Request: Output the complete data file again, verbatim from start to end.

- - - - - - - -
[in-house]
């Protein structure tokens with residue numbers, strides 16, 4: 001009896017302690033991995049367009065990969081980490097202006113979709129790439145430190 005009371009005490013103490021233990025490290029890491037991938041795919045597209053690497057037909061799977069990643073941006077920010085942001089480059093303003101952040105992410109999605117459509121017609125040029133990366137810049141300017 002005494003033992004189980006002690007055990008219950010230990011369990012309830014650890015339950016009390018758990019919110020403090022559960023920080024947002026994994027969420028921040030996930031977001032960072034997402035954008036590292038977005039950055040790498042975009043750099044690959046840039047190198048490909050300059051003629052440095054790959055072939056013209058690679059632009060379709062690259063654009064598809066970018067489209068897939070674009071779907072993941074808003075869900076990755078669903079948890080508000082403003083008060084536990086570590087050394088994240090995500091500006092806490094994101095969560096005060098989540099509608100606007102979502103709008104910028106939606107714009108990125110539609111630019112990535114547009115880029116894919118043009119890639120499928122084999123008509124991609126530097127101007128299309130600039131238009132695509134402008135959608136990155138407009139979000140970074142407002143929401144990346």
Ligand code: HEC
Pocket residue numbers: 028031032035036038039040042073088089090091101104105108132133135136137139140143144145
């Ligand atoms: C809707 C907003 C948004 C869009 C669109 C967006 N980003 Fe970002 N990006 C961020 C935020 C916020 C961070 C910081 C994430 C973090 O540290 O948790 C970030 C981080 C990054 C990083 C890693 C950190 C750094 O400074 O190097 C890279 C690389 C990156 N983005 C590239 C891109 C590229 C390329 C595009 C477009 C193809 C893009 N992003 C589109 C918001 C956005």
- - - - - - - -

[in-house]
């Protein structure tokens with residue numbers, strides 16, 4: 001009896017302690033991995049367009065990969081980490097202006113979709129790439145430190 005009371009005490013103490021233990025490290029890491037991938041795919045597209053690497057037909061799977069990643073941006077920010085942001089480059093303003101952040105992410109999605117459509121017609125040029133990366137810049141300017 002005494003033992004189980006002690007055990008219950010230990011369990012309830014650890015339950016009390018758990019919110020403090022559960023920080024947002026994994027969420028921040030996930031977001032960072034997402035954008036590292038977005039950055040790498042975009043750099044690959046840039047190198048490909050300059051003629052440095054790959055072939056013209058690679059632009060379709062690259063654009064598809066970018067489209068897939070674009071779907072993941074808003075869900076990755078669903079948890080508000082403003083008060084536990086570590087050394088994240090995500091500006092806490094994101095969560096005060098989540099509608100606007102979502103709008104910028106939606107714009108990125110539609111630019112990535114547009115880029116894919118043009119890639120499928122084999123008509124991609126530097127101007128299309130600039131238009132695509134402008135959608136990155138407009139979000140970074142407002143929401144990346």
Ligand code: HEC
Pocket residue numbers: 028031032035036038039040042073088089090091101104105108132133135136137139140143144145
């Ligand atoms: C809707 C907003 C948004 C869009 C669109 C967006 N980003 Fe970002 N990006 C961020 C935020 C916020 C961070 C910081 C994430 C973090 O540290 O948790 C970030 C981080 C990054 C990083 C890693 C950190 C750094 O400074 O190097 C890279 C690389 C990156 N983005 C590239 C891109 C590229 C390329 C595009 C477009 C193809 C893009 N992003 C589109 C918001 C956005």